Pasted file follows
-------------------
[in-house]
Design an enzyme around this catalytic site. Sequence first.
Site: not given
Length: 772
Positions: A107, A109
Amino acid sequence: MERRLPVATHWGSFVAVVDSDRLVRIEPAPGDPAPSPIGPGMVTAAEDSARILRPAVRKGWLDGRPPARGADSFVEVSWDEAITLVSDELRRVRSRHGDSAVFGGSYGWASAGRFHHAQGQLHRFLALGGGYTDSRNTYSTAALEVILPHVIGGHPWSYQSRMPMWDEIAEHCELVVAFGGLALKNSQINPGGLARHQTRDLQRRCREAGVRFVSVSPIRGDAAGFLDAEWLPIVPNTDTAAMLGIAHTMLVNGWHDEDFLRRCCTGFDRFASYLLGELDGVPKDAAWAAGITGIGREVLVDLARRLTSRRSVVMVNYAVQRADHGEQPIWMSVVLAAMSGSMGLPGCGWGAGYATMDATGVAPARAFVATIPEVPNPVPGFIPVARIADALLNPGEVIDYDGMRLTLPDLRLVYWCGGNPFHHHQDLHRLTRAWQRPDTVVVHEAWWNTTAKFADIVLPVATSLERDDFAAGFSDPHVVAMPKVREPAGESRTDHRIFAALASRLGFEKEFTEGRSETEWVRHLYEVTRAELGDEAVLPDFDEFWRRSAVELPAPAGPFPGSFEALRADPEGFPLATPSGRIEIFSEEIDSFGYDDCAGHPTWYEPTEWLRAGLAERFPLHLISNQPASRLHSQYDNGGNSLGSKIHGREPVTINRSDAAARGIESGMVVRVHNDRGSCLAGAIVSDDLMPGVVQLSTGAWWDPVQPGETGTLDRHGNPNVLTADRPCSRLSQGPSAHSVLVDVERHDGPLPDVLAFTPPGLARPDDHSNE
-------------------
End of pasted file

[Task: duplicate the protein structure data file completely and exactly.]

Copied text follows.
[in-house]
Design an enzyme around this catalytic site. Sequence first.
Site: not given
Length: 772
Positions: A107, A109
Amino acid sequence: MERRLPVATHWGSFVAVVDSDRLVRIEPAPGDPAPSPIGPGMVTAAEDSARILRPAVRKGWLDGRPPARGADSFVEVSWDEAITLVSDELRRVRSRHGDSAVFGGSYGWASAGRFHHAQGQLHRFLALGGGYTDSRNTYSTAALEVILPHVIGGHPWSYQSRMPMWDEIAEHCELVVAFGGLALKNSQINPGGLARHQTRDLQRRCREAGVRFVSVSPIRGDAAGFLDAEWLPIVPNTDTAAMLGIAHTMLVNGWHDEDFLRRCCTGFDRFASYLLGELDGVPKDAAWAAGITGIGREVLVDLARRLTSRRSVVMVNYAVQRADHGEQPIWMSVVLAAMSGSMGLPGCGWGAGYATMDATGVAPARAFVATIPEVPNPVPGFIPVARIADALLNPGEVIDYDGMRLTLPDLRLVYWCGGNPFHHHQDLHRLTRAWQRPDTVVVHEAWWNTTAKFADIVLPVATSLERDDFAAGFSDPHVVAMPKVREPAGESRTDHRIFAALASRLGFEKEFTEGRSETEWVRHLYEVTRAELGDEAVLPDFDEFWRRSAVELPAPAGPFPGSFEALRADPEGFPLATPSGRIEIFSEEIDSFGYDDCAGHPTWYEPTEWLRAGLAERFPLHLISNQPASRLHSQYDNGGNSLGSKIHGREPVTINRSDAAARGIESGMVVRVHNDRGSCLAGAIVSDDLMPGVVQLSTGAWWDPVQPGETGTLDRHGNPNVLTADRPCSRLSQGPSAHSVLVDVERHDGPLPDVLAFTPPGLARPDDHSNE